Moreover, when it comes to the Kurds, the evidence to date points in quite the opposite direction. Even as sanctions are relaxed and deals brokered for other parts of Syria, approvals for border crossings, oil development contracts, and other trade or investment in Kurdish-controlled areas languish in the U.S. bureaucracy. The underlying idea may well be this: since the U.S. will not stay in Syria forever, the Kurds would do better to make economic and political deals with the Assad regime, rather than leave themselves exposed to the tender mercies of Turkey.
To be fair, that is an understandable position; but it begs two questions: Why now? And later, what kind of deals? This is where U.S. policy could use a course correction. First, in the short term, it makes no humanitarian or strategic sense for the U.S. to relax sanctions against the adversary Assad regime, even as it imposes stiff obstacles on vital economic activity in the American-allied Kurdish-led region. It makes much more sense to pursue precisely the opposite policy—or at least to treat Assad and the AANES equally in this area.
Second, in the medium term, the Biden Administration should clarify its commitment to preserve autonomy for northeast Syria, as part of any step-by-step solution for Syria’s overall political status. A first step could be to insist that the AANES be represented in the next rounds of UN or other diplomatic or constitutional discussions on Syria’s future. A second step could be to affirm that U.S. troops intend to stay in northeast Syria at least until the AANES accepts some new political arrangement with the government in Damascus.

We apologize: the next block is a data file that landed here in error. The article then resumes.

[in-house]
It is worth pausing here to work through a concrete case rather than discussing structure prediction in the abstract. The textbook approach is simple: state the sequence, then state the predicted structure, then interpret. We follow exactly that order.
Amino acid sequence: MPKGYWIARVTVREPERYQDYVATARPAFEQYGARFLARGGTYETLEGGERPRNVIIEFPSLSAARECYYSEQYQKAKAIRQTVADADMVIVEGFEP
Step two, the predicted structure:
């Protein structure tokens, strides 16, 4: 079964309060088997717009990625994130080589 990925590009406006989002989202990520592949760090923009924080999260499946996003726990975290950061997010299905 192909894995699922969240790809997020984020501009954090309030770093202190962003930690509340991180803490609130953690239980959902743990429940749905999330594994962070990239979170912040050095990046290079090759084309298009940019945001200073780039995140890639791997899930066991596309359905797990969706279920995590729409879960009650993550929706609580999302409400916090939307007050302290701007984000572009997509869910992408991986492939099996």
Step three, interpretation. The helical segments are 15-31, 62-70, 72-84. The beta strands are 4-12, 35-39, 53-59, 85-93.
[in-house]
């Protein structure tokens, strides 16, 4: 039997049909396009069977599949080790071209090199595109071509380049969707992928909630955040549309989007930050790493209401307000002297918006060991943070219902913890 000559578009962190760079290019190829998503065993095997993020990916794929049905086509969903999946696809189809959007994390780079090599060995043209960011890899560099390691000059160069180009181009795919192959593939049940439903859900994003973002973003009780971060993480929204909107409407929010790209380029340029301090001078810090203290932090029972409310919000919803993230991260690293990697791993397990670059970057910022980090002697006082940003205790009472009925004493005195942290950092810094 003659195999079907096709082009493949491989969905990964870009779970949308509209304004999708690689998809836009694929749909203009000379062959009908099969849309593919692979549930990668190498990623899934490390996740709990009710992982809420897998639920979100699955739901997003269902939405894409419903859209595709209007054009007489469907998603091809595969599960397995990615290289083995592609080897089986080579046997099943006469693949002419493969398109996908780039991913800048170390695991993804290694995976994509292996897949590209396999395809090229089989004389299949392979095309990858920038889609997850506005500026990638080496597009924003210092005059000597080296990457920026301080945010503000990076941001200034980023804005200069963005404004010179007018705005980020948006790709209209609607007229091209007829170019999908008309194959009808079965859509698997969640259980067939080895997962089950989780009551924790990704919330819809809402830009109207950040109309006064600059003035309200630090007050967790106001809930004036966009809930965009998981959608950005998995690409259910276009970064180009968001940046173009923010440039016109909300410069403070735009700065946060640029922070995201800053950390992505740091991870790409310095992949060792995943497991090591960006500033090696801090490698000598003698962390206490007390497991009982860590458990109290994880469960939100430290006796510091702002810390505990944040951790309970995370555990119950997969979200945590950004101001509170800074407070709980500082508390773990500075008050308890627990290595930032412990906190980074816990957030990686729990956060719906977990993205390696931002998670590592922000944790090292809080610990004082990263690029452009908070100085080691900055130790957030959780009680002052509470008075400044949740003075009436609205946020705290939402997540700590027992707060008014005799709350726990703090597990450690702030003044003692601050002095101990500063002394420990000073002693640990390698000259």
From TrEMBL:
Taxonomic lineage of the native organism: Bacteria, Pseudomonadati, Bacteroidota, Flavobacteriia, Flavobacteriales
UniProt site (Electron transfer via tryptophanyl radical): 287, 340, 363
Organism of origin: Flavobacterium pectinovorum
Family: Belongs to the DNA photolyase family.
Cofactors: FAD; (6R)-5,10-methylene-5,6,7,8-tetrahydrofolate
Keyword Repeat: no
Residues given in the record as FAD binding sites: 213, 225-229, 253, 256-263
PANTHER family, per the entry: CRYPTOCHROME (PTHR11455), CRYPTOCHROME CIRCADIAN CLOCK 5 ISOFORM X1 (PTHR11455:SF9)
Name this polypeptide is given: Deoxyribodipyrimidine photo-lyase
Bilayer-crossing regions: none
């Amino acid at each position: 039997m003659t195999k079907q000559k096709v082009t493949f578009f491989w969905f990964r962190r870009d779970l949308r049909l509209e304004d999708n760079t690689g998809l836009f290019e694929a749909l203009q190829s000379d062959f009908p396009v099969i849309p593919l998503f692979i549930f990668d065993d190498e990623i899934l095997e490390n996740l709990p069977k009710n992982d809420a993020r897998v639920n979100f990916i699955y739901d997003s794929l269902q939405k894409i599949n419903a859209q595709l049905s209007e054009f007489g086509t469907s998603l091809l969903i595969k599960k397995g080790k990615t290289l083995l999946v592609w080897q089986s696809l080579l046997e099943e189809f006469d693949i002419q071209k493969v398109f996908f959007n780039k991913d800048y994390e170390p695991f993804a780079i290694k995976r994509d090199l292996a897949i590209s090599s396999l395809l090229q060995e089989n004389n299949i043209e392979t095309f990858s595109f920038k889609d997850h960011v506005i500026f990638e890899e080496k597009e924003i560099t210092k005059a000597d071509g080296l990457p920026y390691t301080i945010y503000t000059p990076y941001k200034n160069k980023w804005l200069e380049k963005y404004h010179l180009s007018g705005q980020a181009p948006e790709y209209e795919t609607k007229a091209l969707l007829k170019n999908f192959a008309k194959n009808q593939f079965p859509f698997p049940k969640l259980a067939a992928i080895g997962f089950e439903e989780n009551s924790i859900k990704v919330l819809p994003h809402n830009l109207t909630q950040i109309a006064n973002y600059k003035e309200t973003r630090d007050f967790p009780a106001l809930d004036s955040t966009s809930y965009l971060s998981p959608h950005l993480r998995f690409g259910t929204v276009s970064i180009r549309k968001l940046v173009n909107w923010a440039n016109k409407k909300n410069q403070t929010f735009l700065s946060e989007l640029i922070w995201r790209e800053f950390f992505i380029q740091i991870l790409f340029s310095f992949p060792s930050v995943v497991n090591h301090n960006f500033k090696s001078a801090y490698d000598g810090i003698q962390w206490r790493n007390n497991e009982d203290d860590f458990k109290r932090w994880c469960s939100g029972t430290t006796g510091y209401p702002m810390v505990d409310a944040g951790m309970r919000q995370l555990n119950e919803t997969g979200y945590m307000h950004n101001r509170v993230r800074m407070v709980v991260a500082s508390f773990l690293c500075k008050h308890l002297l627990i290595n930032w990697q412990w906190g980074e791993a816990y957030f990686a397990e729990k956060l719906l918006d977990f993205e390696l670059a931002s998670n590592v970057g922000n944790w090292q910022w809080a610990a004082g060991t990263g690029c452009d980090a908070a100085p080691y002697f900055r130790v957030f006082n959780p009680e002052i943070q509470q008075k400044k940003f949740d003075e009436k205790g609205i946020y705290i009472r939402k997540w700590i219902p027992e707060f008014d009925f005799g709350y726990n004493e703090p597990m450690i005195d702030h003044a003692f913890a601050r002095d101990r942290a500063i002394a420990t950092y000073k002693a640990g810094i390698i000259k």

Assad will surely resist this; but Russia may be induced to support it, in return for concessions on reconstruction or other issues in dispute. Even Turkey might acquiesce, in exchange for firmer assurances that the Kurdish-led militias will keep their distance from the border, or at least limit their presence in the major towns nearby: Qamishli, Kobane, Manbij, Tal Abyad (Gire Spi), and Ra’s Al-Ain (Sery Kani).
Such adjustments to U.S. policy would have several advantages. They would demonstrate, to domestic and international audiences alike, that the U.S. is keeping faith with its loyal Kurdish and other allies in Syria. They would provide greater leverage with all the other players in this arena, at acceptably low risk and cost to Washington. They would add extra force to the continuing counter-terrorist requirements of the whole region. And as an unspoken but highly useful added value, these adjustments would provide greater constraints on Iran’s dangerous entrenchment in Syria—which is one of the major drivers of Arab, American, and Israeli policies there.
At the same time, desirable as these adjustments may be, a realistic assessment must acknowledge that they are unlikely to become a high priority for a U.S. foreign policy preoccupied with other problems and inclined to retrench from the Middle East. Yet without such stronger American support, a realistic assessment must also conclude with the old proverb that “the Kurds have no friends but the mountains.” And sadly, in northeast Syria, there are hardly any mountains to speak of.
David Pollock is the Bernstein Fellow at The Washington Institute and director of Project Fikra. This article was originally published on the Newslooks website.